From the Daily Office Lectionary for Wednesday in the week of Proper 14, Year 1 (Pentecost 11, 2015)

Mark 10:25 ~ [Jesus said,] “It is easier for a camel to go through the eye of a needle than for someone who is rich to enter the kingdom of God.”

I grew up with people (primarily my Methodist Sunday School teacher grandfather) telling me that this verse is about getting into heaven. Wrong! It’s taken me a lot of years to shake that teaching, but shake it one must, because it’s just plain wrong!

The first thing to notice about this statement is that the verbs (both of them “is”) are present tense. This is not a statement about the future, either a future in this life or a future after death. It’s not about the future; it’s about the present. It’s about now. “It IS easier … someone who IS rich …” Here and now.

The second thing to notice about this statement is that it never mentions heaven, paradise, afterlife, or whatever. Jesus does talk about getting into “the kingdom of God” but that’s not the way Jesus talks about life after death (something he actually doesn’t talk much about). “Kingdom of God” is the way Jesus talks about the life we are meant to be living now, about the reign of God in our lives as we live them in the current moment. Elsewhere (in other gospels) he uses the term “kingdom of heaven” or “eternal life” to mean the same thing.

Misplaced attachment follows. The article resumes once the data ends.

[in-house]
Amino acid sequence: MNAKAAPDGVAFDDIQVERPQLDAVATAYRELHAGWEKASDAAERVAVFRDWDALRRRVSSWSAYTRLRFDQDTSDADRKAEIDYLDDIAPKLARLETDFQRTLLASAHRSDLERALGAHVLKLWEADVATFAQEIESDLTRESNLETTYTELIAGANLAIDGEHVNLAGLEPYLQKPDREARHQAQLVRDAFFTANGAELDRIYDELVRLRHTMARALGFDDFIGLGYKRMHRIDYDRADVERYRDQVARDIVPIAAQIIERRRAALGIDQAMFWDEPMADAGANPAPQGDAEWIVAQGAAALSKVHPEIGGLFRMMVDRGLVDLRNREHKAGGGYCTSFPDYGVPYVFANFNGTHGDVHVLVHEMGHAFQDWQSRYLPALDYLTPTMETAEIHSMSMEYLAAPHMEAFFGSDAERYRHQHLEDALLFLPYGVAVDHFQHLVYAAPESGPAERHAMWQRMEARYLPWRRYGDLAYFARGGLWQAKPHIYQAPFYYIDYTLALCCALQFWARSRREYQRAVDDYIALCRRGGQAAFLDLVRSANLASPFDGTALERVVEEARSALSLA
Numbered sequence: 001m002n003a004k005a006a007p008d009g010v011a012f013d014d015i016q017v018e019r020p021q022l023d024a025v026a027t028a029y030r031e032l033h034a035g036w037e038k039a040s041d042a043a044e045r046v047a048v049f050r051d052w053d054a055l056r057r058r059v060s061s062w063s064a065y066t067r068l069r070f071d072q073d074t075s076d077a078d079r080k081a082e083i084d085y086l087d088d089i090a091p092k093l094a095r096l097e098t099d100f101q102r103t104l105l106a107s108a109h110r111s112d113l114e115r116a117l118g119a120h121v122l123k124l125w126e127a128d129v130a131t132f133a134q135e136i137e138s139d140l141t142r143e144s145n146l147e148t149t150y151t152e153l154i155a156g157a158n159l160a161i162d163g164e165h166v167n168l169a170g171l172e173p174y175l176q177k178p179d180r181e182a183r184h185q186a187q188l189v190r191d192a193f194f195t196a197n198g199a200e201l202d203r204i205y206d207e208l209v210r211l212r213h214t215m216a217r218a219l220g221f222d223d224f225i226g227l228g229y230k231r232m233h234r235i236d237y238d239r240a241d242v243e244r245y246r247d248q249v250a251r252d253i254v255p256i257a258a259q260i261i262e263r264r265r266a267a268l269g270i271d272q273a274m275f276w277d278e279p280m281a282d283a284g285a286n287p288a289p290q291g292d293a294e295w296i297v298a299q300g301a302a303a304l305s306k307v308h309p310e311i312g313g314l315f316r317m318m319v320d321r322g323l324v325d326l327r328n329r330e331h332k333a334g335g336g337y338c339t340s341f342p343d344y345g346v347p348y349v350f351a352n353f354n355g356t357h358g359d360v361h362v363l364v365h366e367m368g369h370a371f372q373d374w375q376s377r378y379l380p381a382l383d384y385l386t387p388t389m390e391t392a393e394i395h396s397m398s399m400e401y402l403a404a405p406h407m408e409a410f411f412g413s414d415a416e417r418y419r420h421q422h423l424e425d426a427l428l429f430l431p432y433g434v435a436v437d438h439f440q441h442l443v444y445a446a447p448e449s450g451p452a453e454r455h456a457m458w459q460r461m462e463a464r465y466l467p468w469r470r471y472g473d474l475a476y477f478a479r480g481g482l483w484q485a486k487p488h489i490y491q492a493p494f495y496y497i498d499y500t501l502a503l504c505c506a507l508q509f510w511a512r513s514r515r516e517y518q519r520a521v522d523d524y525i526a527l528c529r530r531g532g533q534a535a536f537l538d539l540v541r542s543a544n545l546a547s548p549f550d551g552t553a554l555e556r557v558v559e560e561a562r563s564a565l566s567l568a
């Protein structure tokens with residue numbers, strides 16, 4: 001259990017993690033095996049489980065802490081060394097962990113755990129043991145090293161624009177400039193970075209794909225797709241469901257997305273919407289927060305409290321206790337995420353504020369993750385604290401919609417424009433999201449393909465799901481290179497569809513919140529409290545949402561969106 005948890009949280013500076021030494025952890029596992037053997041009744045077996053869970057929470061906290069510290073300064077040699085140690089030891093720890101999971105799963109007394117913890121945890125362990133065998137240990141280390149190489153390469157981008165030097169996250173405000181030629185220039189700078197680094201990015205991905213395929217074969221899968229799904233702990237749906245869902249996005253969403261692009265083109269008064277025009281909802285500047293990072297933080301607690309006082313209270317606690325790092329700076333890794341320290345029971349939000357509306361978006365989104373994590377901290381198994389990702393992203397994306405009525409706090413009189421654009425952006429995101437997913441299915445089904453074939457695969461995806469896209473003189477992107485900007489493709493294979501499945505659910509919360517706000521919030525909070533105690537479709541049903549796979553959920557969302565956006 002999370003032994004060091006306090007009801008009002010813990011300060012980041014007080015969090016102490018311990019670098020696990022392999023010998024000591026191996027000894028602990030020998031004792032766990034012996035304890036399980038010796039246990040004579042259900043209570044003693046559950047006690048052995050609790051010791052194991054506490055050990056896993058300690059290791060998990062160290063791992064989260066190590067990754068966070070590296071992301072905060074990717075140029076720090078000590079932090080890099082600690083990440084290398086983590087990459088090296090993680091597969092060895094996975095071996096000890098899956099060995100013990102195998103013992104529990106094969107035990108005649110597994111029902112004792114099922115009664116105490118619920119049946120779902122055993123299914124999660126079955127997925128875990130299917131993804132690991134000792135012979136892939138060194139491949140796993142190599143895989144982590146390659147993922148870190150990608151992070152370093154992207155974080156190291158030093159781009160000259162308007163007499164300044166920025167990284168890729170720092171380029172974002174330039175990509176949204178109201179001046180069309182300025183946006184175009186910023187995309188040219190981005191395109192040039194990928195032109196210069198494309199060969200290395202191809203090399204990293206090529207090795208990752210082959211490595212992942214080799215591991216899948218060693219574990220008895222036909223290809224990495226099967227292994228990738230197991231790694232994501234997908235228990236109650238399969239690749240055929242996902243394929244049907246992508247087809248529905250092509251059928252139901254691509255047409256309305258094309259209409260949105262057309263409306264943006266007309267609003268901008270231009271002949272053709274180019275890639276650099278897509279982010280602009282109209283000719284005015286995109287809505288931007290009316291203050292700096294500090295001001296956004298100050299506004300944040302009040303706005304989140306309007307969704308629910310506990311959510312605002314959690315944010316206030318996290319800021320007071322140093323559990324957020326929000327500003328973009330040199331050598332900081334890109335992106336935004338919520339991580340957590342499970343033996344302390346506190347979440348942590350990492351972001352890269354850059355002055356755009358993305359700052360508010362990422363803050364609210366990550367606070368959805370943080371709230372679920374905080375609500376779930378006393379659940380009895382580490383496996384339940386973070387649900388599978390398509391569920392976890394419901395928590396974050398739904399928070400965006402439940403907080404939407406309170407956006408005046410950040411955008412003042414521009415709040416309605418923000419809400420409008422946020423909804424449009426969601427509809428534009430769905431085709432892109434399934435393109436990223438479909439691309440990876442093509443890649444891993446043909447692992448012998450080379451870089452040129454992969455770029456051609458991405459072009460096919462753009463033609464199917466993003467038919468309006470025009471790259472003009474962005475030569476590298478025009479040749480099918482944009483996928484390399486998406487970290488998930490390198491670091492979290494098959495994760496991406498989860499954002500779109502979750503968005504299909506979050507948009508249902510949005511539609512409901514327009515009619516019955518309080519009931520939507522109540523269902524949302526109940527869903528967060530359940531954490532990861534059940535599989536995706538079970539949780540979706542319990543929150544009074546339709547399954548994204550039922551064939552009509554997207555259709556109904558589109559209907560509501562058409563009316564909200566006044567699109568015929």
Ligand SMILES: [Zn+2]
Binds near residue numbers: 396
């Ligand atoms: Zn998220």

When we see and accept those two things, then, we are left with a statement about the present, but what does it mean? As I pondered this throughout the day (which is why I’m so late in the day posting this meditation), I came to the realization that this is a statement about what today would be called “mindfulness.” To be mindful is to be quiet, alert, aware, undistracted; to be mindful is to notice that which usually escapes notice. Those who are “rich” live in a world of distractions, a world of objects which clamor for their attention, a world of possessions which cloud one’s attention.

In that world, one cannot “enter,” that is notice and be mindful of, the kingdom of God. When Jesus made this observation, Peter asked, “Who then can be saved?” Jesus answer, again, is in the present tense: “For mortals it is impossible, but not for God; for God all things are possible.” Salvation, the kingdom of God, is not a future thing; it is for the here and now. Mindfulness is the key to entering into it.